Kiran cannot be accused of posturing from afar; he cannot be dismissed as splitist; he cannot be ignored as someone unfamiliar with the concrete conditions of the Party or the society.

  13. NSPF said

    There is another pertinent statement that has profound implications. He says the Party is numerically strong but ideologically weak.

  14. Alastair Reith said

    He said it is ‘qualitatively weak’. That could mean more than just ideology, although the low level of theory among grassroots cadre (in the ANTUF for example) is a problem the Maoists have recognised and are trying deal with.

  15. Alastair Reith said

    Ka Frank writes: “This obscures the fact that the people’s war was ended when the CPA was signed in late 2006.”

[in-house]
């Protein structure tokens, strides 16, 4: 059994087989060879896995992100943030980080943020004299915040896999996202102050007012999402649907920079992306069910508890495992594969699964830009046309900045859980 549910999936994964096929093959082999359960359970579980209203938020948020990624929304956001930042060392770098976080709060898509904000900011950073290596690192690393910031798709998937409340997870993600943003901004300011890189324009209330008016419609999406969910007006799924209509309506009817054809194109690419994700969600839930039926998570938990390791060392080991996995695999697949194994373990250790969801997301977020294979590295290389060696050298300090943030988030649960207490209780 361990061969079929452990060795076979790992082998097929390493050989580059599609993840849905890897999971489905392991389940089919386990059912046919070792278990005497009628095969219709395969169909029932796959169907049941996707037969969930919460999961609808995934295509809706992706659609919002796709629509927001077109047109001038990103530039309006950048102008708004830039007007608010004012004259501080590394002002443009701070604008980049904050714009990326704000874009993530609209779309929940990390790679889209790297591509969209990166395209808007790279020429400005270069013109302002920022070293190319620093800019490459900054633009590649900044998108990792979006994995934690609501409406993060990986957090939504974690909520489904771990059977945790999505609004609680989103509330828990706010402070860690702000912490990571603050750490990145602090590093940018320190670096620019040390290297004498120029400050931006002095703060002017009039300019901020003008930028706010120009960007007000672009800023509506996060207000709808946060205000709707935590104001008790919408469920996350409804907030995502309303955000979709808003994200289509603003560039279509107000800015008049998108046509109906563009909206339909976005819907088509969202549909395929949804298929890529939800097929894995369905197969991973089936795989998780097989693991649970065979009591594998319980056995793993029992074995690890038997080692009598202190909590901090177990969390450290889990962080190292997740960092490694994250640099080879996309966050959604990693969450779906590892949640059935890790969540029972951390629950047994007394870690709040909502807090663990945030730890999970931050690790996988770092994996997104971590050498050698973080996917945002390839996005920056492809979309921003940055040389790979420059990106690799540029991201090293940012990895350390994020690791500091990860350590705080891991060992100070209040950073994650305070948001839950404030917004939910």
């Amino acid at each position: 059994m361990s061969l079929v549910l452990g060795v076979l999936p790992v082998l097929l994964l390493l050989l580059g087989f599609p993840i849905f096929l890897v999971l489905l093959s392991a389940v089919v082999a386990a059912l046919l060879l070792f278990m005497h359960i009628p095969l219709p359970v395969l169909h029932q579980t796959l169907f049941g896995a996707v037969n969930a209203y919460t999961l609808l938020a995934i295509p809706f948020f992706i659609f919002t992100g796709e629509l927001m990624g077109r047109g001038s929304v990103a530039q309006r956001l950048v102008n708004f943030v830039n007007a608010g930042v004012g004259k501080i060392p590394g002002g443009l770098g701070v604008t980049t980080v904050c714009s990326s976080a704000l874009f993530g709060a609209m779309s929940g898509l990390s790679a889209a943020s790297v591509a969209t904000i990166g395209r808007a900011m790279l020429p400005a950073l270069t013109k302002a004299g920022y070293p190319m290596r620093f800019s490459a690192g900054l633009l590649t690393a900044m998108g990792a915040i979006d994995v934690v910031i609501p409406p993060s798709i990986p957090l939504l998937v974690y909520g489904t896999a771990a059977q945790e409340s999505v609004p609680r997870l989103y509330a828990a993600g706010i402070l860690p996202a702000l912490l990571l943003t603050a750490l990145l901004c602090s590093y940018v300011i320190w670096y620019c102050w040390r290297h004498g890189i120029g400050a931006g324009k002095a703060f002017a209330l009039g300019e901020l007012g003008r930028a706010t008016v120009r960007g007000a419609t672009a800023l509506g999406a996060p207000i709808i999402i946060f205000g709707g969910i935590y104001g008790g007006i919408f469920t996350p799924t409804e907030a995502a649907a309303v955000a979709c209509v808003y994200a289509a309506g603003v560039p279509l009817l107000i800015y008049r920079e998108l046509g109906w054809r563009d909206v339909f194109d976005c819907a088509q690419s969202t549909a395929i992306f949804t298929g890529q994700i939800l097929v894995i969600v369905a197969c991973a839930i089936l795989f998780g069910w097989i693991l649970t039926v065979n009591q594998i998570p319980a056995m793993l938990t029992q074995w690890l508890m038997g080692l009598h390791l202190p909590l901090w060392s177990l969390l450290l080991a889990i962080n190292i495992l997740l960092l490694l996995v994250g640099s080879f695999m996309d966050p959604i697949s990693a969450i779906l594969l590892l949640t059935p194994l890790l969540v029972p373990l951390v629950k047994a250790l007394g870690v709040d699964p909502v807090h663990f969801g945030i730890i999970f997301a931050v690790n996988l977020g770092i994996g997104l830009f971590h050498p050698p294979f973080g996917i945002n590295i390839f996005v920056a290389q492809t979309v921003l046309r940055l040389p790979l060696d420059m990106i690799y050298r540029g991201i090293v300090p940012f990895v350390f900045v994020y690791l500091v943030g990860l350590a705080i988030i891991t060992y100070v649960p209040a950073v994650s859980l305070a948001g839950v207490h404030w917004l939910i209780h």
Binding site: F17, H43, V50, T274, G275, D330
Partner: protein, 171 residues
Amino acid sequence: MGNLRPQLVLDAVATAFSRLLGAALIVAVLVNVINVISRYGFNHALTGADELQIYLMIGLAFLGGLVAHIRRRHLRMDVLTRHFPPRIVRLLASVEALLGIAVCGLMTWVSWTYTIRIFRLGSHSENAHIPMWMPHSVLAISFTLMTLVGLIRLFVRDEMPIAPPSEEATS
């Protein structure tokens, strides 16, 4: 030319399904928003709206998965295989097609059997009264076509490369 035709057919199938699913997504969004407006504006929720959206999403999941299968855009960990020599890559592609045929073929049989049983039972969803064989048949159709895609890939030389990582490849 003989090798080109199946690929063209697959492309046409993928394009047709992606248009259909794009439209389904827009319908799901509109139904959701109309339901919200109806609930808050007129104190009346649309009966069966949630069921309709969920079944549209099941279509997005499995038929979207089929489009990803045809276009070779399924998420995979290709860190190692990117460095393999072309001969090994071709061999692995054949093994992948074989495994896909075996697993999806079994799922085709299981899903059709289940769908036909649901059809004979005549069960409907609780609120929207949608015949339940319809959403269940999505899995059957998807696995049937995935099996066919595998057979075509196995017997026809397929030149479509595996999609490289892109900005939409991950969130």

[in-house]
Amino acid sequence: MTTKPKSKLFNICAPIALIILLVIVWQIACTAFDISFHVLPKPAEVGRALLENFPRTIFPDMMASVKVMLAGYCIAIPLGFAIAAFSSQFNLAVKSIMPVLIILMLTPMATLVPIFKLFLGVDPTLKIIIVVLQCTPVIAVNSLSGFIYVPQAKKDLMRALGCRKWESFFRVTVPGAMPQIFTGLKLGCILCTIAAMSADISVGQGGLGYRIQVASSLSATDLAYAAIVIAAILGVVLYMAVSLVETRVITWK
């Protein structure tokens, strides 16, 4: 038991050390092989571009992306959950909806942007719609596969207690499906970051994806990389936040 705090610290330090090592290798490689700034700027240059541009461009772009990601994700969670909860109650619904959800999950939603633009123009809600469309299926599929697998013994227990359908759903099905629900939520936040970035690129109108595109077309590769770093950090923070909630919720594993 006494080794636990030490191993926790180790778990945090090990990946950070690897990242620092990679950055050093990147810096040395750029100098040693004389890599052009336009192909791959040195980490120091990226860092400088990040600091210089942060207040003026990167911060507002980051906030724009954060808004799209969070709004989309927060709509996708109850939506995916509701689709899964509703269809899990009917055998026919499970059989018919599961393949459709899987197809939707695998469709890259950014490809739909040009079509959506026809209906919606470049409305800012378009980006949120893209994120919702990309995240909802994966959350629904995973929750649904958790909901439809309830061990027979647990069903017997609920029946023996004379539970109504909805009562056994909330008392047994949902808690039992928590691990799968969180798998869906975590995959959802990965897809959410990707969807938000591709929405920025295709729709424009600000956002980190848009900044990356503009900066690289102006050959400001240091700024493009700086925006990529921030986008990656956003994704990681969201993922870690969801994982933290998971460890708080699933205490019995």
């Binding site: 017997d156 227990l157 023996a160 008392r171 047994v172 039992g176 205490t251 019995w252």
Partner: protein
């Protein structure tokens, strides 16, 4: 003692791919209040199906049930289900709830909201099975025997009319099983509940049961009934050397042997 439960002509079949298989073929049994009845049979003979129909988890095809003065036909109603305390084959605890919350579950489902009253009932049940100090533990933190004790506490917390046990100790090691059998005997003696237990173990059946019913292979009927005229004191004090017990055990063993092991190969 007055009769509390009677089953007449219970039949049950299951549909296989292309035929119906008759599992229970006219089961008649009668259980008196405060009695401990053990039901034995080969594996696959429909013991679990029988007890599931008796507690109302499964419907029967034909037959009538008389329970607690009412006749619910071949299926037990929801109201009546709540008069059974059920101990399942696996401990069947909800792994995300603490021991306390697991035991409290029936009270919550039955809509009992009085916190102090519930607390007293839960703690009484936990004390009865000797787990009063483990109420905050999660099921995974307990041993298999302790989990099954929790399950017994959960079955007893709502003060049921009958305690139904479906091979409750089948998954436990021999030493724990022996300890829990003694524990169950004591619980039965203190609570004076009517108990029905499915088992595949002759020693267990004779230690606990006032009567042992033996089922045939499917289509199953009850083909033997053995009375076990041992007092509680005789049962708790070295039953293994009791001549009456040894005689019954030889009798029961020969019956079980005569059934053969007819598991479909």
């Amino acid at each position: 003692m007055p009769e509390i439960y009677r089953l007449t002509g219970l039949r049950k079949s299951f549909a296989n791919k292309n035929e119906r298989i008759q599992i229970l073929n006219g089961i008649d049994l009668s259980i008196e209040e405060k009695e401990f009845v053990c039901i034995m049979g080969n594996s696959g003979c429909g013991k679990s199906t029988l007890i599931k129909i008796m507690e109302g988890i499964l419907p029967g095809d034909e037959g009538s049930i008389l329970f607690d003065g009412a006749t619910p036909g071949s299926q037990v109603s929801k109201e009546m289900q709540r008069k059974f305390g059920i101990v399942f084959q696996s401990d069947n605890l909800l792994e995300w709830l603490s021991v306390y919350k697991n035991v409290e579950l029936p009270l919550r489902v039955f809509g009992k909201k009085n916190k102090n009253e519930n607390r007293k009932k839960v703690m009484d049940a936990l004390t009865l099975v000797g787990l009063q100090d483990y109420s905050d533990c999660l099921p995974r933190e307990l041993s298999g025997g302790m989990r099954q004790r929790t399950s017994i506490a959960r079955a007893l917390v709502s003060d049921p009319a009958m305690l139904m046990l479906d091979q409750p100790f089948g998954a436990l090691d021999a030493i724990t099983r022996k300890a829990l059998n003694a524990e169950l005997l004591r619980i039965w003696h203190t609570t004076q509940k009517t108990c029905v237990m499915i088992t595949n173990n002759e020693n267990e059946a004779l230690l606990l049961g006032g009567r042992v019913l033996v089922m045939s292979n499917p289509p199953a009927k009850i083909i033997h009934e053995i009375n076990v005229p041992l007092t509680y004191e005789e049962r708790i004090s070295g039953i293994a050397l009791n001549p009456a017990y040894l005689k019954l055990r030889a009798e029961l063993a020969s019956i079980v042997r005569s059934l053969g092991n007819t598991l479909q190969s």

So the signing of a peace agreement means that all forms of revolutionary struggle from that point on are revisionist?

    The CPN (M) in 2005/6 controlled the countryside but could not control the streets of Kathmandu. It proved last week that it can now control both, which is the situation it’s been working towards since the peace accords. Time will tell what happens next, but to argue that the past few years have been years of defeat and retreats is an assertion without any basis in reality.

  16. NSPF said

    Absolutely right. “qualitatively weak”, he says. Thanx.

  17. NSPF said

    Alastair writes:
    “The CPN (M) in 2005/6 controlled the countryside but could not control the streets of Kathmandu. It proved last week that it can now control both, which is the situation it’s been working towards since the peace accords. Time will tell what happens next, but to argue that the past few years have been years of defeat and retreats is an assertion without any basis in reality.”